Chatelherault Country Park is a modern day visitor attraction, focused around the former hunting lodge and summer residence of the Duke of Hamilton. Designed by the celebrated Scottish architect William Adam, the lodge was completed in 1732. The house had fallen in to a state of disrepair in the years after the demolition of Hamilton Palace in the 1920's but was fully restored in the late 1970's and early 80's to form a combined museum, reception center, cafe, conference and private function establishment. Entry to the grounds and the house is free but certain parts of the house may not be available to view if functions or other events are scheduled at the time of your visit.
How to Get to Chatelherault Country Park
Chatelherault is located just a couple of miles south of the modern day town of Hamilton and about ten miles from Glasgow. It is close to the M74 motorway and provides ample car parking facilities for those travelling by car.
Chatelherault railway station is literally straight across the road and two minutes' walk from the park's main entrance. There are two trains per hour from Glasgow Central and Glasgow Argyle Street at peak times with the journey taking approximately twenty-five minutes. You can also get a bus from Hamilton Bus Station, which is immediately adjacent to Hamilton Central railway station.
Chatelherault Country Park, Carlisle Rd, Ferniegair, Hamilton ML3 7UE, UK
Arriving at Chatelherault Country Park
If you are arriving at the park by car, you should drive in through the main entrance and follow the road on an approximate dog's leg course (bending to the right) for just a couple of minutes to the car parking facilities.
If you arrive by train or by bus, almost immediately after you enter the park on foot, you will see a sign pointing you in the direction of the footpath to the Visitor Center. The walk will take anything from five to ten minutes, depending upon your natural walking speed.
Chatelherault Former Hunting Lodge and Visitor Center Exterior
You will marvel at the grandeur of the 5th Duke of Hamilton's hunting lodge when you approach, all the more so when you consider it wasn't even built as a main residence. There was at one time stabling for horses and kennels for dogs, both of which formed part of the hunting parties which would set off from here to roam the estate. It is an excellent example of the opulence of the landed gentry in previous centuries and especially when you turn your attention to the magnificent views you will soon be afforded, you should have no trouble imagining the indulgences of those far off days.
Views across the Clyde Valley from Chatelherault Country Park
If you are visiting Chatelherault Country Park for the first time, try to ensure you do so not only on a dry day but on a clear day. Only in this way can you truly appreciate the stunning views you are afforded when you stand in front of the hunting lodge. Firstly, you should look straight out and down what was once a grand avenue of trees, leading to Hamilton Palace. The palace unfortunately had to be demolished in the early 1920's due to subsidence caused by mining works and it is not difficult to see how much of the terrain has itself subsided. One building you can still see from this vantage point, however, is Hamilton Mausoleum, built by the 10th Duke to contain the remains of his ancestors and descendants. Again, however, due to the subsidence problems, the bodies of the nobility the mausoleum once contained have since been moved elsewhere.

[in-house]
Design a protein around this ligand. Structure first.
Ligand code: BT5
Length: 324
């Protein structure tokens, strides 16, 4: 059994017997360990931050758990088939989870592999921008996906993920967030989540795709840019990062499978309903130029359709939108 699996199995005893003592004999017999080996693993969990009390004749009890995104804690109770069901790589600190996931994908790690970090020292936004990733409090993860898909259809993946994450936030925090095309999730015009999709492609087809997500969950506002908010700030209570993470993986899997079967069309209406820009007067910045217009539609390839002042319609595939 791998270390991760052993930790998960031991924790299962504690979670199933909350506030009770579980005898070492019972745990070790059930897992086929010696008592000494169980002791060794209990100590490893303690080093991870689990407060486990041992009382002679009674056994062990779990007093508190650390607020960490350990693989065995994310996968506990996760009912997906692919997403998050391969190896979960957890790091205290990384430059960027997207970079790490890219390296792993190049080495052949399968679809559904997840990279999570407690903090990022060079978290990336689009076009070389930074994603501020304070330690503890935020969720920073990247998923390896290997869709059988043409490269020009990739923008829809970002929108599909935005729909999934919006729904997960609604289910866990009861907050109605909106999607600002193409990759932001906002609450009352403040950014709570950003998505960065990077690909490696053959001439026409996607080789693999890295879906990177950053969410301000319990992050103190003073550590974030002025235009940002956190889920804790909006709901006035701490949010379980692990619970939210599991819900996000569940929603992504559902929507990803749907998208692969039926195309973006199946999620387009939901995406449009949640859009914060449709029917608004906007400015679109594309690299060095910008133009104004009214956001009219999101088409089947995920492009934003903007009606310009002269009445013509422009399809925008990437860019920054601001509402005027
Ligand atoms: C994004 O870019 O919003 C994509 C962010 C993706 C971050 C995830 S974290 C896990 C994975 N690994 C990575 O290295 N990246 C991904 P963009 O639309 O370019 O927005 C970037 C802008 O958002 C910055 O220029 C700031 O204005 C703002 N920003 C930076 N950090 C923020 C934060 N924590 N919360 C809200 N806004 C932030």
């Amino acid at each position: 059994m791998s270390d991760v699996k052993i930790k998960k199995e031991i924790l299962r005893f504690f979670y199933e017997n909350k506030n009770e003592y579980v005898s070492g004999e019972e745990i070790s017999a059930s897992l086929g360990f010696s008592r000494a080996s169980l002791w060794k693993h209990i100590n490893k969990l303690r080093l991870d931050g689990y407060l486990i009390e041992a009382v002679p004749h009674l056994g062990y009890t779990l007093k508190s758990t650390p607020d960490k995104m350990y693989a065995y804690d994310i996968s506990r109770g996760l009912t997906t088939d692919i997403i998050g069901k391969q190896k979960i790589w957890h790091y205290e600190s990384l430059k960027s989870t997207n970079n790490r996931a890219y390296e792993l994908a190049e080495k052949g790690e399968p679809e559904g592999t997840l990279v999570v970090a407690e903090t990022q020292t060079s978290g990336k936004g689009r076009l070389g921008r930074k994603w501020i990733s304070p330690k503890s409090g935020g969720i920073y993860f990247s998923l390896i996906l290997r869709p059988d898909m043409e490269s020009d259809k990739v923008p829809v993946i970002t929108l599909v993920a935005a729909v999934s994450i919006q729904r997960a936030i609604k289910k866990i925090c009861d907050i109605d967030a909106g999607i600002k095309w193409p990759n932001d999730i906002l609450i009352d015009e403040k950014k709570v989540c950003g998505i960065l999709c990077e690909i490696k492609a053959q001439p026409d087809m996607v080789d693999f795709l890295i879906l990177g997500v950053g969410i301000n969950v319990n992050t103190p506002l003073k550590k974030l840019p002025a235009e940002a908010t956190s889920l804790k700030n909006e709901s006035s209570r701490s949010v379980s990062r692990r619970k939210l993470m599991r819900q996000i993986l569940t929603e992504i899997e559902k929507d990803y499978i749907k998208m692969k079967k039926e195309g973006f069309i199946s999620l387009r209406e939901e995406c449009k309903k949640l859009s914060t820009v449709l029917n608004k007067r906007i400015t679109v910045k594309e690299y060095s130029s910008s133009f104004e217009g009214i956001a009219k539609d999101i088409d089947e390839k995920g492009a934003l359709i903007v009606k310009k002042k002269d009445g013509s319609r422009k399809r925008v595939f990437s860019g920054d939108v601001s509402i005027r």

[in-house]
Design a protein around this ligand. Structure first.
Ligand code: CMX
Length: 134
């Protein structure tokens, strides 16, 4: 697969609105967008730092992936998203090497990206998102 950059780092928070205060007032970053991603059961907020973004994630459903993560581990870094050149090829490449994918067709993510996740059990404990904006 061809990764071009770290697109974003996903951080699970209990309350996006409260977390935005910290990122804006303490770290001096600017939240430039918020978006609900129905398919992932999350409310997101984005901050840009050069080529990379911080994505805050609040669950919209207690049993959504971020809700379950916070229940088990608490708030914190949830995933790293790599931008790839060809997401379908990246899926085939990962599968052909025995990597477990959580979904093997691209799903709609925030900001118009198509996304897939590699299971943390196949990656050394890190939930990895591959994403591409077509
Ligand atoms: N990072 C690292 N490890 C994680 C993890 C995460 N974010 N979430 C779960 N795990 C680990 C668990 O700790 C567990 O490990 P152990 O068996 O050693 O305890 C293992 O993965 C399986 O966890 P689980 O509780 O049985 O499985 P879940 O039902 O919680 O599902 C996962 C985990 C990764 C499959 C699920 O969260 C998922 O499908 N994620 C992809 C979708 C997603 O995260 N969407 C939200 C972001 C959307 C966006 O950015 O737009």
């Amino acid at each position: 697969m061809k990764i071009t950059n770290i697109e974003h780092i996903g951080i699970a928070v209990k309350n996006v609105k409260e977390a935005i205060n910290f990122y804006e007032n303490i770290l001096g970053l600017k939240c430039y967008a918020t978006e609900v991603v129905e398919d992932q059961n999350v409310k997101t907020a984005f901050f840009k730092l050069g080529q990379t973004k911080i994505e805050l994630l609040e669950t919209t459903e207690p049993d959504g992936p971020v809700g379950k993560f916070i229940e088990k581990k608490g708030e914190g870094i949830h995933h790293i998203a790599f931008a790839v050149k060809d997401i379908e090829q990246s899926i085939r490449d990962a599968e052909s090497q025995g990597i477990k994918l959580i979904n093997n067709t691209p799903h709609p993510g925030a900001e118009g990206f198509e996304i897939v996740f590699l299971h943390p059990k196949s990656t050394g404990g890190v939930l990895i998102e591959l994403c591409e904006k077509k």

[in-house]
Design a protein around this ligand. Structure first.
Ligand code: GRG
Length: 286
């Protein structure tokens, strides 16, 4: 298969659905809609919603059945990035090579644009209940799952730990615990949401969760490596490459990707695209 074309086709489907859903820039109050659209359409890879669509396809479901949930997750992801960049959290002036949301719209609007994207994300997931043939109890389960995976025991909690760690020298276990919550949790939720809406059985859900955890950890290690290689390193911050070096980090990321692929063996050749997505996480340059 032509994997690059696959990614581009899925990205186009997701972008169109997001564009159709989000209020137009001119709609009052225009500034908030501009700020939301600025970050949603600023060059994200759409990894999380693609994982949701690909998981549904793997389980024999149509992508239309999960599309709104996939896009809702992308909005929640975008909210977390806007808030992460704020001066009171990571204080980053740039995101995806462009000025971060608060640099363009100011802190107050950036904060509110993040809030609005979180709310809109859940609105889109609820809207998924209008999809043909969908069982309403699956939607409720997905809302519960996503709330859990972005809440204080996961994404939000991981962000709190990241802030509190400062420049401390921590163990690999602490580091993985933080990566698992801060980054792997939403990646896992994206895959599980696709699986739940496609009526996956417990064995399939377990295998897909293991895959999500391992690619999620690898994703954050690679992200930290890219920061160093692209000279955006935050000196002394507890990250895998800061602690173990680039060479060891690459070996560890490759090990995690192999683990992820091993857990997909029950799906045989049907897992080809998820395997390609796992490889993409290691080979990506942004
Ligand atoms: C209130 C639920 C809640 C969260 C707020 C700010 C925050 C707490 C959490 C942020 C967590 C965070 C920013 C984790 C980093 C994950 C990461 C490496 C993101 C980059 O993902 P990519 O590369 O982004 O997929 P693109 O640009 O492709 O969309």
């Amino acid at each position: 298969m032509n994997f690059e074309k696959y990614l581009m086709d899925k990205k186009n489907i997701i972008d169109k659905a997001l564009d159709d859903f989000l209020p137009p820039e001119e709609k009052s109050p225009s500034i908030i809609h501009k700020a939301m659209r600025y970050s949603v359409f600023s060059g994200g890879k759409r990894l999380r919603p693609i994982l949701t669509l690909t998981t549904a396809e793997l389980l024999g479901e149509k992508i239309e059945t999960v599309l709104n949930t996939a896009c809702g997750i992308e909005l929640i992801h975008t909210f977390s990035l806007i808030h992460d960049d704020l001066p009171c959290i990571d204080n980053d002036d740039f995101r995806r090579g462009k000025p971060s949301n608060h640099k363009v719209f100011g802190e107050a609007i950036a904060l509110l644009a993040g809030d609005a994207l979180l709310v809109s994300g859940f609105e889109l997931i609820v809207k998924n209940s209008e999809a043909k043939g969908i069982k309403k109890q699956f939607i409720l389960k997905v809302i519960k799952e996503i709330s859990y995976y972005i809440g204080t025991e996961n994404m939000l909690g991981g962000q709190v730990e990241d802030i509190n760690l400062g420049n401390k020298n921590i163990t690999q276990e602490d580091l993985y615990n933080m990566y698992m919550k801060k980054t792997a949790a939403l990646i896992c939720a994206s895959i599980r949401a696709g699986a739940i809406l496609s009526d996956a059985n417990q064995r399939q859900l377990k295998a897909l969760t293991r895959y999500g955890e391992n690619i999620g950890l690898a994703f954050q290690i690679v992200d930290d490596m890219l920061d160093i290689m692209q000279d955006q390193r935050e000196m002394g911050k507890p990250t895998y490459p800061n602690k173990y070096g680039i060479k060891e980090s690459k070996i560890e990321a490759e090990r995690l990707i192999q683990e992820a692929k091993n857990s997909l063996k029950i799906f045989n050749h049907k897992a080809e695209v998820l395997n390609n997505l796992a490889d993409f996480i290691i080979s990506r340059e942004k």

Looking down the one time grand avenue at Chatelherault and in the direction of where Hamilton Palace once stood
Looking slightly to the left, you will be looking over Hamilton and towards the Campsie hills beyond. Look right and you will clearly see the tower blocks of Motherwell.
Chatelherault Visitor Center Interior
Convenient sign clearly informs you what you will find in the visitor center
If there is one element of Chatelherault Country Park that did prove a little bit of a let down, it has to be the interior of the old building. Admittedly, some of it was not accessible on this occasion due to private functions but there was still very much a sense of too much restaurant/cafe and visitor shop with not enough interesting exhibits. It may be that on another day that balance can be successfully redressed, or that your personal opinion will differ. The old courtyard, however, is a pleasant, atmospheric place to sit and enjoy a coffee or other refreshment.
Cadzow White Cattle at Chatelherault Country Park
The white Cadzow cattle which can usually be found grazing at Chatelherault Country Park have become one of the location's top visitor attractions since they were returned to the Park in the late 1980's. Only two herds of these rare cattle remain, anywhere in the world. On the occasion of this visit, advice was sought from visitor center staff, a groundskeeper, as well as several locals walking through the park as to where the cattle could be found grazing on that particular day, with different answers obtained in each instance. Unfortunately, more than an hour was spent fruitlessly wandering around the one time grand avenue in an attempt to find the elusive beasts and the only two ultimately encountered were the stuffed ones in the Visitor Center.
It would be nigh on impossible to see and enjoy all that Chatelherault has to offer in one day, due simply to its size. Over and above the elements featured on this page, you may want to take one of the ranger guided walks through the grounds and see the beautiful scenery of the Avon Valley, or visit the historic ruins of the 16th century Cadzow Castle. The park is definitely worth a visit - especially on a nice day - for anyone who happens to be in the area and is of course conveniently close to many other Lanarkshire attractions if a series of visits are to be combined.